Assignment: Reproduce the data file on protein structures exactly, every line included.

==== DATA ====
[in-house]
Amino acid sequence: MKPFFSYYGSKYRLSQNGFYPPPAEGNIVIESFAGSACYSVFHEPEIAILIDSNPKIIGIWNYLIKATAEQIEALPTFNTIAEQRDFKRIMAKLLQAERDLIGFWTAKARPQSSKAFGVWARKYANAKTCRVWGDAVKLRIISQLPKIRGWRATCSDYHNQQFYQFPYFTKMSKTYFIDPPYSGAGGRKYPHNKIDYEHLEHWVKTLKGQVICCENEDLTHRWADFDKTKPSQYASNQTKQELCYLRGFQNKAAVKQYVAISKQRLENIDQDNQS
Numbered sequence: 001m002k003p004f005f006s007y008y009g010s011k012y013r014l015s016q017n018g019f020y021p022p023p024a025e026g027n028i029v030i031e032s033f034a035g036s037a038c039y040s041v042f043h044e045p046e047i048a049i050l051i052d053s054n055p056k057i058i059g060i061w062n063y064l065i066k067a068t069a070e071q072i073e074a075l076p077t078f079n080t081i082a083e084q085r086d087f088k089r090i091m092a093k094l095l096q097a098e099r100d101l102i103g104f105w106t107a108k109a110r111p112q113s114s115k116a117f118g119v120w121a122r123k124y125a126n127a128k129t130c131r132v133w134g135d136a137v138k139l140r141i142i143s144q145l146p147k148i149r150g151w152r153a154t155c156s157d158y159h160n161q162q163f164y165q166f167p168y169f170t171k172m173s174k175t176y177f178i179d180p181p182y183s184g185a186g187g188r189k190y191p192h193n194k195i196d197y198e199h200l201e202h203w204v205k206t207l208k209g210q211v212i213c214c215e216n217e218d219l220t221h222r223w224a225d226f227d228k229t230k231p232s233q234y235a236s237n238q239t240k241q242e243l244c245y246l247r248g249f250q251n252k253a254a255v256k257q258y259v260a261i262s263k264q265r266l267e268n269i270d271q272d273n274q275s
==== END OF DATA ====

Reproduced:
[in-house]
Amino acid sequence: MKPFFSYYGSKYRLSQNGFYPPPAEGNIVIESFAGSACYSVFHEPEIAILIDSNPKIIGIWNYLIKATAEQIEALPTFNTIAEQRDFKRIMAKLLQAERDLIGFWTAKARPQSSKAFGVWARKYANAKTCRVWGDAVKLRIISQLPKIRGWRATCSDYHNQQFYQFPYFTKMSKTYFIDPPYSGAGGRKYPHNKIDYEHLEHWVKTLKGQVICCENEDLTHRWADFDKTKPSQYASNQTKQELCYLRGFQNKAAVKQYVAISKQRLENIDQDNQS
Numbered sequence: 001m002k003p004f005f006s007y008y009g010s011k012y013r014l015s016q017n018g019f020y021p022p023p024a025e026g027n028i029v030i031e032s033f034a035g036s037a038c039y040s041v042f043h044e045p046e047i048a049i050l051i052d053s054n055p056k057i058i059g060i061w062n063y064l065i066k067a068t069a070e071q072i073e074a075l076p077t078f079n080t081i082a083e084q085r086d087f088k089r090i091m092a093k094l095l096q097a098e099r100d101l102i103g104f105w106t107a108k109a110r111p112q113s114s115k116a117f118g119v120w121a122r123k124y125a126n127a128k129t130c131r132v133w134g135d136a137v138k139l140r141i142i143s144q145l146p147k148i149r150g151w152r153a154t155c156s157d158y159h160n161q162q163f164y165q166f167p168y169f170t171k172m173s174k175t176y177f178i179d180p181p182y183s184g185a186g187g188r189k190y191p192h193n194k195i196d197y198e199h200l201e202h203w204v205k206t207l208k209g210q211v212i213c214c215e216n217e218d219l220t221h222r223w224a225d226f227d228k229t230k231p232s233q234y235a236s237n238q239t240k241q242e243l244c245y246l247r248g249f250q251n252k253a254a255v256k257q258y259v260a261i262s263k264q265r266l267e268n269i270d271q272d273n274q275s